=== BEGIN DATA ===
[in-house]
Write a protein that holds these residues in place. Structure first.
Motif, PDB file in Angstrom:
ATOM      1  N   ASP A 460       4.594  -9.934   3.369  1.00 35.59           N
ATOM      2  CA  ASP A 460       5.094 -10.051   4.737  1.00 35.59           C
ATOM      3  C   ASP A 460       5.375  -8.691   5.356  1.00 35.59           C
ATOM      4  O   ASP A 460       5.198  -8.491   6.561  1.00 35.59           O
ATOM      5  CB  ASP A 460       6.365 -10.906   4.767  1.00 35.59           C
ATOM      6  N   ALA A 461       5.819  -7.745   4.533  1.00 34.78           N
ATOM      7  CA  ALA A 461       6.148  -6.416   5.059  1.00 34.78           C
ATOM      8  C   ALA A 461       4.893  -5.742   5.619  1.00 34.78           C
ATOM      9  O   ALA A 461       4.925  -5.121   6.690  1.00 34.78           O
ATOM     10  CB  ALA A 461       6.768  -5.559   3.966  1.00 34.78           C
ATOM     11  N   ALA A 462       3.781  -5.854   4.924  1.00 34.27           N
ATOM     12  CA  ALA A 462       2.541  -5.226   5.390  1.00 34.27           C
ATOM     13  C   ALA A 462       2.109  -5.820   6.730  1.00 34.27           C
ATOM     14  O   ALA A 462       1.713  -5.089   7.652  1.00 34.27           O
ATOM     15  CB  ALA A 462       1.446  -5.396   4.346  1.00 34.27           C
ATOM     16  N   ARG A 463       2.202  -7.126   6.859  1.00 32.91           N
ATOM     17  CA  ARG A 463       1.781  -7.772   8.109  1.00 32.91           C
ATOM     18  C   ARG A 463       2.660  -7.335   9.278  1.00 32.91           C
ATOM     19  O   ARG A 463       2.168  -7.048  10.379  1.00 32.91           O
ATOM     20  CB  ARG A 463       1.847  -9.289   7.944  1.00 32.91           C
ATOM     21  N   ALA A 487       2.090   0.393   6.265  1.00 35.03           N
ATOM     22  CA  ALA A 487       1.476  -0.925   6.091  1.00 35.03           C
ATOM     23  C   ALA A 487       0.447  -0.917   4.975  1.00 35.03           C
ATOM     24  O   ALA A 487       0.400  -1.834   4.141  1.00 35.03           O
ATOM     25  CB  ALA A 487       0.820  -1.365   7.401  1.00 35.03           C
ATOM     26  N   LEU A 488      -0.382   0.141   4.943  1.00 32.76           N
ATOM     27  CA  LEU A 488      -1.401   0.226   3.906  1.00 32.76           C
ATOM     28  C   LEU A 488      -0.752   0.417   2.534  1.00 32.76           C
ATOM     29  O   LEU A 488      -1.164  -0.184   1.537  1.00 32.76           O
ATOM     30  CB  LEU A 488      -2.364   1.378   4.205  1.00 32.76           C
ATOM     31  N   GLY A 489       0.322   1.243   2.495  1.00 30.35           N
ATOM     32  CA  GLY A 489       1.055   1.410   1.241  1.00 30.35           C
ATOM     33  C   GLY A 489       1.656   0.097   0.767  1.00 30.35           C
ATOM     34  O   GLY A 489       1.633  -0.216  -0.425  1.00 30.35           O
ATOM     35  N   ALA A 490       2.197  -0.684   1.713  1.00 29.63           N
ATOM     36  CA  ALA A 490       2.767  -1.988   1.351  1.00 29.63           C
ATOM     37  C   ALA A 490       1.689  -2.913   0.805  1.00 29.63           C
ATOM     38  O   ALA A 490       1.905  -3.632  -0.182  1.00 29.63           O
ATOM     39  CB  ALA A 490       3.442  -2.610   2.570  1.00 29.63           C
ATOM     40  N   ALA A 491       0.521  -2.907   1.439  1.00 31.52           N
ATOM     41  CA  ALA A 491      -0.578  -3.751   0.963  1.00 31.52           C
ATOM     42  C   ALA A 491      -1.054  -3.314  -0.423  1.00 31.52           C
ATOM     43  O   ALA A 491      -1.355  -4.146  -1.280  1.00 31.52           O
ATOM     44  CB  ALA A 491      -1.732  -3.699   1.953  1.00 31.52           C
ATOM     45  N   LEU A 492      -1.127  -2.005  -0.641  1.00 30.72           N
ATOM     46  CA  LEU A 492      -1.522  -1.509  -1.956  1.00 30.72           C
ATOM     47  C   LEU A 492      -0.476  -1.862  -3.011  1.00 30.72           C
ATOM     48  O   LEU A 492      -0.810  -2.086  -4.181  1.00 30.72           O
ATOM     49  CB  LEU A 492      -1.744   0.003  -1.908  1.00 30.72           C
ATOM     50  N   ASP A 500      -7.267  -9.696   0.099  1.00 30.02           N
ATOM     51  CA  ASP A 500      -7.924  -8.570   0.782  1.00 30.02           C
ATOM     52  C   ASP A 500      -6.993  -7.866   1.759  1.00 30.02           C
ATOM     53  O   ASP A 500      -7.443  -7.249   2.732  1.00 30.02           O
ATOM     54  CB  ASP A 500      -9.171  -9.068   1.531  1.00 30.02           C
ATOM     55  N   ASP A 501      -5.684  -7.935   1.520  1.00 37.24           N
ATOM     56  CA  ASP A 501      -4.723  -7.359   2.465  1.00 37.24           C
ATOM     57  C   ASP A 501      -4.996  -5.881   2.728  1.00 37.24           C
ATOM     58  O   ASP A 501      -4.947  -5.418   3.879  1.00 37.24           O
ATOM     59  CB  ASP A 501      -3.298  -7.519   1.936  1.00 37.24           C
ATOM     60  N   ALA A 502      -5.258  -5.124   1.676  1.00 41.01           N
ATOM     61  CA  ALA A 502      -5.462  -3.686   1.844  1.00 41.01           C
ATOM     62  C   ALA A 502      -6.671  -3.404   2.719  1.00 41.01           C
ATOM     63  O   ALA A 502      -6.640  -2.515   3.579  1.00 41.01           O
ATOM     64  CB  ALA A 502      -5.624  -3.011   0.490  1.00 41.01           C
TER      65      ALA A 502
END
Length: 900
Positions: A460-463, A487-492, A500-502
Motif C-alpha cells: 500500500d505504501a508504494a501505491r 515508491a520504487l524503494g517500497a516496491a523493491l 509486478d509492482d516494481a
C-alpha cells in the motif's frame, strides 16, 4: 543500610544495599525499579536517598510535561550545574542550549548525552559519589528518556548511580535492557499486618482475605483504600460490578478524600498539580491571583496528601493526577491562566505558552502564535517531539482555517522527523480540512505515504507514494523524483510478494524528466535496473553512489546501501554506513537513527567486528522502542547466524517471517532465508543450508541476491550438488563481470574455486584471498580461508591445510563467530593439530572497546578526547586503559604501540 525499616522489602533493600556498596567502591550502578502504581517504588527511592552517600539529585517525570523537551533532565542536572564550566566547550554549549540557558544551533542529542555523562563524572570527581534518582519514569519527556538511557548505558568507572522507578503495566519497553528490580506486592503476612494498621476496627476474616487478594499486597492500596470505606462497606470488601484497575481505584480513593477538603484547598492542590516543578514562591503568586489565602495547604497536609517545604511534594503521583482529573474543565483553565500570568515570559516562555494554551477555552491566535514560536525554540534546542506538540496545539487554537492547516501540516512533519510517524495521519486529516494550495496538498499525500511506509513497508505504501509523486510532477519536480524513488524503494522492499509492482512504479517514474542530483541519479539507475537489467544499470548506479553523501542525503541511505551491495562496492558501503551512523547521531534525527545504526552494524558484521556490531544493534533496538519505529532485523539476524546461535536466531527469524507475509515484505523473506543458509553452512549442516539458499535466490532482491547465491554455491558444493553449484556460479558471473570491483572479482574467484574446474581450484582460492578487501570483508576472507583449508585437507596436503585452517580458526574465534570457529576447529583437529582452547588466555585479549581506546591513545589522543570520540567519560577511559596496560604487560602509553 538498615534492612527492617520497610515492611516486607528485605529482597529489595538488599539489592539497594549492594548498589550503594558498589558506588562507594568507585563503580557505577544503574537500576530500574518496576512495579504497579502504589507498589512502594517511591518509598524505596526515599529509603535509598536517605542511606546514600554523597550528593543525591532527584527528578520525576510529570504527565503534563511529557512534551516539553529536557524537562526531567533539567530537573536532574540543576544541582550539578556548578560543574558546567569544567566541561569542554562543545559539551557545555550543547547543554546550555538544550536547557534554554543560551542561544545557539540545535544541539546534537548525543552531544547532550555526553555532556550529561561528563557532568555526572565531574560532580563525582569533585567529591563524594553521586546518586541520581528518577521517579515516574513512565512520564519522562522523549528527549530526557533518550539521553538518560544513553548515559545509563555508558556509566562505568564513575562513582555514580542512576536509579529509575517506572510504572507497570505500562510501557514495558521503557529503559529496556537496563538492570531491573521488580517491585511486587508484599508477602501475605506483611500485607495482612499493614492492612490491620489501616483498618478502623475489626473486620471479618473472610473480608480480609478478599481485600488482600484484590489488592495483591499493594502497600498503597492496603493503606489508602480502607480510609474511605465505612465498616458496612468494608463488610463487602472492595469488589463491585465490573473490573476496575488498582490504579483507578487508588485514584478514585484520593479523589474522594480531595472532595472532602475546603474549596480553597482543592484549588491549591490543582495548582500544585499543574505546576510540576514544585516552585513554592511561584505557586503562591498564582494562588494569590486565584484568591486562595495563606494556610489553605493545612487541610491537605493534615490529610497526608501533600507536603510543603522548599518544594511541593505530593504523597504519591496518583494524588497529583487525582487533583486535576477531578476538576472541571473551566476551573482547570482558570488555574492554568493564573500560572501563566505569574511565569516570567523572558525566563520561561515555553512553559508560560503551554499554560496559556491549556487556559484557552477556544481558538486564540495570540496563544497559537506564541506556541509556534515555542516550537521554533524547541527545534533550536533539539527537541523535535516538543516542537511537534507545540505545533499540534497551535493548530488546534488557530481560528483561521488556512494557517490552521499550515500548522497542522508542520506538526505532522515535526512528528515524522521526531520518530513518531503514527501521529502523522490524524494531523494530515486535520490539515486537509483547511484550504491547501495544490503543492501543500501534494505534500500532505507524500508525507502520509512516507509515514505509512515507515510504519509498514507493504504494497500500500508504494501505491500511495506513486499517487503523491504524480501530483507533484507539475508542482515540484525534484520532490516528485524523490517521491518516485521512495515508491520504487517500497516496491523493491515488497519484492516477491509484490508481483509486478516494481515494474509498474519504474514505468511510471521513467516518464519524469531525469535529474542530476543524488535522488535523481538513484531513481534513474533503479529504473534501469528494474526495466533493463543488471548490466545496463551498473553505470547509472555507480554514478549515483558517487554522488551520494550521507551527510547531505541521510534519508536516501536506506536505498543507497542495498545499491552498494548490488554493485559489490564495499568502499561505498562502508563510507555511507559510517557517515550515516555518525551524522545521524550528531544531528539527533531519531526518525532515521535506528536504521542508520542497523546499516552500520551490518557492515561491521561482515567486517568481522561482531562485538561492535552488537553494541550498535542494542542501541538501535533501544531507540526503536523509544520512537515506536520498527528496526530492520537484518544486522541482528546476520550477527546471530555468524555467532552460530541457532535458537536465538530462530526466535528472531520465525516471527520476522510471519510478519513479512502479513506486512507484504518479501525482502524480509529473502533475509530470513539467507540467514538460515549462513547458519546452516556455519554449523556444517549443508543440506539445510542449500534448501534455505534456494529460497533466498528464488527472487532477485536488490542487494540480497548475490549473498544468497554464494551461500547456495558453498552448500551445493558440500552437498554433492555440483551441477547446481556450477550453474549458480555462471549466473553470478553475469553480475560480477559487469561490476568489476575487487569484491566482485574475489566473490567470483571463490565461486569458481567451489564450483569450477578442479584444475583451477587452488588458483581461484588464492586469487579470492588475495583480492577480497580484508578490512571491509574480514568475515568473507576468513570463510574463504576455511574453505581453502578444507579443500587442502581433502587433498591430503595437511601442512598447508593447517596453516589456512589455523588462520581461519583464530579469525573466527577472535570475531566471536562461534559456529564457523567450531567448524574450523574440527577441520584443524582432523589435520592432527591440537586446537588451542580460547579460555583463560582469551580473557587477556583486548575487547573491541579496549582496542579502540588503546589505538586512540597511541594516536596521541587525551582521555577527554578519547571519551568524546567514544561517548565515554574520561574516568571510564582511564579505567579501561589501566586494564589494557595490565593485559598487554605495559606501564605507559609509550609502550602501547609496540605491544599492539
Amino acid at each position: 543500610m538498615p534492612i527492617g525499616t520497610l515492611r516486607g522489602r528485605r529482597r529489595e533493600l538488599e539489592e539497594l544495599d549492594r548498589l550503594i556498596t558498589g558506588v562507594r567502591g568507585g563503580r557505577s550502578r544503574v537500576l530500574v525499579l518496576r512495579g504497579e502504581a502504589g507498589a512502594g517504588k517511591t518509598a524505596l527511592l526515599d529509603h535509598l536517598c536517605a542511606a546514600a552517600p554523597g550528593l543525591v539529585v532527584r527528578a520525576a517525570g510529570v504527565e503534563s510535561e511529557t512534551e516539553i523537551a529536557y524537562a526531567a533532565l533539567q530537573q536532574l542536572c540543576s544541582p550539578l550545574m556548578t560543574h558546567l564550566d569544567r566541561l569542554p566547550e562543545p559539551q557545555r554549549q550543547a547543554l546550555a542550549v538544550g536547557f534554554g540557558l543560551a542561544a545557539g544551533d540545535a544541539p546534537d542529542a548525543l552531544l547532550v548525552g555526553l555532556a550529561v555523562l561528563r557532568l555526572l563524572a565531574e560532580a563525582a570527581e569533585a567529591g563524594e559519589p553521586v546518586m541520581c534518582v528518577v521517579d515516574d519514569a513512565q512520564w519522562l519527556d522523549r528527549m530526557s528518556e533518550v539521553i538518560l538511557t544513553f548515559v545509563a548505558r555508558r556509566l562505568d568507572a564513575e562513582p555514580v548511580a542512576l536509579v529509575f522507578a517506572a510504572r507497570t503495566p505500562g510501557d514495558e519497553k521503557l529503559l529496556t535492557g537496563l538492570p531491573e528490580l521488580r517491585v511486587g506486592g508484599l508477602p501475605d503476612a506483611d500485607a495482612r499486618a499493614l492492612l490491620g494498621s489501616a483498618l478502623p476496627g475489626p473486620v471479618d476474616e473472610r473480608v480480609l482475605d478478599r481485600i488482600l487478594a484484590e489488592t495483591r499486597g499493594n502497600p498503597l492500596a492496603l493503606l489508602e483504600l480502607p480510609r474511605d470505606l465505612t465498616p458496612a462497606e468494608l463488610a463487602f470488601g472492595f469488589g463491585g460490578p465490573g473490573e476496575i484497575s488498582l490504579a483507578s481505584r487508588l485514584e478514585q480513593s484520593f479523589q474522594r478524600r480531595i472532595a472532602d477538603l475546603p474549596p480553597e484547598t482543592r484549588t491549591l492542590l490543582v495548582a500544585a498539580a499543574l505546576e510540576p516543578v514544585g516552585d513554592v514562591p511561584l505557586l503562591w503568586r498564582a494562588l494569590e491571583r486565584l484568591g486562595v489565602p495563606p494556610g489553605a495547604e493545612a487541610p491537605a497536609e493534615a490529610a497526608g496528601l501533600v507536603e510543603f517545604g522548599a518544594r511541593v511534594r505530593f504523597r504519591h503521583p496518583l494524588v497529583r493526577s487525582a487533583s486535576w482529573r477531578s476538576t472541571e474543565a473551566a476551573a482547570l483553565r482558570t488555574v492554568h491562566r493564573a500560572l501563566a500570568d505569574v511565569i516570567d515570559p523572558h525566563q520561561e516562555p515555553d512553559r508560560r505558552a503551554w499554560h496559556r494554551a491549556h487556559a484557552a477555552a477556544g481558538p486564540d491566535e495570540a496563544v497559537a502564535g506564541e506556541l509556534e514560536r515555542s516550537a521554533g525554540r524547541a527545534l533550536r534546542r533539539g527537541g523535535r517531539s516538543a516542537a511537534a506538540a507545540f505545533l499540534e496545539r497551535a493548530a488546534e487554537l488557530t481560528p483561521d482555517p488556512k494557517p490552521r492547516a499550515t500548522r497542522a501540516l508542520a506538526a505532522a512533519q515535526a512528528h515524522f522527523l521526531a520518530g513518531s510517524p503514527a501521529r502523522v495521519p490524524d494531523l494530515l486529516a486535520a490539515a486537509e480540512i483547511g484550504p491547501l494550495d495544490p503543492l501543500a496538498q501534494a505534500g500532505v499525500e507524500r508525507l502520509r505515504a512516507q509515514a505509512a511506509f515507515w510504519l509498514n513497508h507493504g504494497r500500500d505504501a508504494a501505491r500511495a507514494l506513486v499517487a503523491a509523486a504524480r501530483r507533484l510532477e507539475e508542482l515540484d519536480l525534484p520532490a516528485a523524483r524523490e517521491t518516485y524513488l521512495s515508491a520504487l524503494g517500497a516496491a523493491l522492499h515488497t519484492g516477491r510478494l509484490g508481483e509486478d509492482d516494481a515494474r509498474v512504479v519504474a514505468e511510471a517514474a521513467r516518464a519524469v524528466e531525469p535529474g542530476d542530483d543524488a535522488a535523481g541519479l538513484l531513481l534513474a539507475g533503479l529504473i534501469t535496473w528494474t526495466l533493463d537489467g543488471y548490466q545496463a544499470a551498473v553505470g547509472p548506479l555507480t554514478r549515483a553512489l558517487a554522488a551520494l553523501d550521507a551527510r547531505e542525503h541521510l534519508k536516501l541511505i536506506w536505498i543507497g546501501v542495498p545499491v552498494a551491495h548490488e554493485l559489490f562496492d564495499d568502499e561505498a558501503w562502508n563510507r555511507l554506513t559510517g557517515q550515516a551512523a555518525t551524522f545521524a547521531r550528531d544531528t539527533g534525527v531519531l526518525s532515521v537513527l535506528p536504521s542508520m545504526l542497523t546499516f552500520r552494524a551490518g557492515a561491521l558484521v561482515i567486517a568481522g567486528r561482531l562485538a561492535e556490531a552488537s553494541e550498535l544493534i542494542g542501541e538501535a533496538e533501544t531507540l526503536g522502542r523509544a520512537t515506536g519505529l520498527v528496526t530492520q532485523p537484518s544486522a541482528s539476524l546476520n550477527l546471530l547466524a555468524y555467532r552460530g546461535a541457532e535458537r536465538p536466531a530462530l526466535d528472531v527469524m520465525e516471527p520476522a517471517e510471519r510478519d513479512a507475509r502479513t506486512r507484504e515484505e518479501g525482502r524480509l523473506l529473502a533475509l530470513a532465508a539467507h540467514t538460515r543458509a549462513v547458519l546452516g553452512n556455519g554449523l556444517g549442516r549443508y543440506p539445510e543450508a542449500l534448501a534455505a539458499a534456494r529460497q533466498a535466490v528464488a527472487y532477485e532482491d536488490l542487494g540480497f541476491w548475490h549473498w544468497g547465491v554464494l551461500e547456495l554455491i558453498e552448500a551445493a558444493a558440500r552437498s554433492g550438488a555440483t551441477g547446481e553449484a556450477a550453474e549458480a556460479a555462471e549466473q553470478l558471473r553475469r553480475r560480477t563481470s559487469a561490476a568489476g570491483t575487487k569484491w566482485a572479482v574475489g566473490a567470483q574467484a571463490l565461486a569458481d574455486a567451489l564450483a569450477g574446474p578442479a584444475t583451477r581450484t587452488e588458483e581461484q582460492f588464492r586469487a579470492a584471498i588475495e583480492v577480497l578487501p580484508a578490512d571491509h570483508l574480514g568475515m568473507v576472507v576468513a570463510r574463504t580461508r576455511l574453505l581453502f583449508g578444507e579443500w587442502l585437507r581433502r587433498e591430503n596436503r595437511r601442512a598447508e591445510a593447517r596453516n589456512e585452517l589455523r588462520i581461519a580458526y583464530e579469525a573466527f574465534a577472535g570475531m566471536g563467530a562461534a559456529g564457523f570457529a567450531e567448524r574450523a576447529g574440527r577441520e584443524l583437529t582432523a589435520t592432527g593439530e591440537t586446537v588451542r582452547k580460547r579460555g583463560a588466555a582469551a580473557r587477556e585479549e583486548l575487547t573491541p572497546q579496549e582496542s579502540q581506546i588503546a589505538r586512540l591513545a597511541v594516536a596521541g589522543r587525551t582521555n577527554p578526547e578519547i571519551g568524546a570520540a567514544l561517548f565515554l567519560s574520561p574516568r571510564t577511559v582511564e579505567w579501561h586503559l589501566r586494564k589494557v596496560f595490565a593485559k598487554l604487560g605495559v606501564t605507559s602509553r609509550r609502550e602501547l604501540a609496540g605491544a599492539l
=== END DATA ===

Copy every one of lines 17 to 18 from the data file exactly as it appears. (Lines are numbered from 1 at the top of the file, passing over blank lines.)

ATOM     14  O   ALA A 462       1.713  -5.089   7.652  1.00 34.27           O
ATOM     15  CB  ALA A 462       1.446  -5.396   4.346  1.00 34.27           C